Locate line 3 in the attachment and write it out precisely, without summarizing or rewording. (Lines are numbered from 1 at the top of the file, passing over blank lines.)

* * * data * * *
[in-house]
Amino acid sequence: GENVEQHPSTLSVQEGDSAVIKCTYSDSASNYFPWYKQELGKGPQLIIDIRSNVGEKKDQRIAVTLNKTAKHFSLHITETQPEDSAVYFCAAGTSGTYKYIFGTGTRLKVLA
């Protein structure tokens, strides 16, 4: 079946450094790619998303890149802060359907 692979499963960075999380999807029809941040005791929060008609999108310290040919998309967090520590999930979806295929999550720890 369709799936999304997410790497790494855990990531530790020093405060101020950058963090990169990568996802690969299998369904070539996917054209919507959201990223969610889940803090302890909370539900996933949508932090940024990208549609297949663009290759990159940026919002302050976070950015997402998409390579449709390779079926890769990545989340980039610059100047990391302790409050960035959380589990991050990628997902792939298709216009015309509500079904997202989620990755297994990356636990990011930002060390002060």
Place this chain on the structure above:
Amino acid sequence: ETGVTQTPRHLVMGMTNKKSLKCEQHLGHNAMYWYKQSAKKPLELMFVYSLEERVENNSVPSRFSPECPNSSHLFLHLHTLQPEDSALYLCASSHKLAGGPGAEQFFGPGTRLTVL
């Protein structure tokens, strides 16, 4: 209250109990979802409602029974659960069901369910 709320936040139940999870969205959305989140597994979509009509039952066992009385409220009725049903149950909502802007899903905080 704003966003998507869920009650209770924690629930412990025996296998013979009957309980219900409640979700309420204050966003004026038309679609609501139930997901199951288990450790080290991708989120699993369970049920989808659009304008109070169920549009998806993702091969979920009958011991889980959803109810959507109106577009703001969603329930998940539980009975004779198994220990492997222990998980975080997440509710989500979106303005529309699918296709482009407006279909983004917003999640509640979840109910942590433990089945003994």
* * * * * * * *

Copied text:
């Protein structure tokens, strides 16, 4: 079946450094790619998303890149802060359907 692979499963960075999380999807029809941040005791929060008609999108310290040919998309967090520590999930979806295929999550720890 369709799936999304997410790497790494855990990531530790020093405060101020950058963090990169990568996802690969299998369904070539996917054209919507959201990223969610889940803090302890909370539900996933949508932090940024990208549609297949663009290759990159940026919002302050976070950015997402998409390579449709390779079926890769990545989340980039610059100047990391302790409050960035959380589990991050990628997902792939298709216009015309509500079904997202989620990755297994990356636990990011930002060390002060």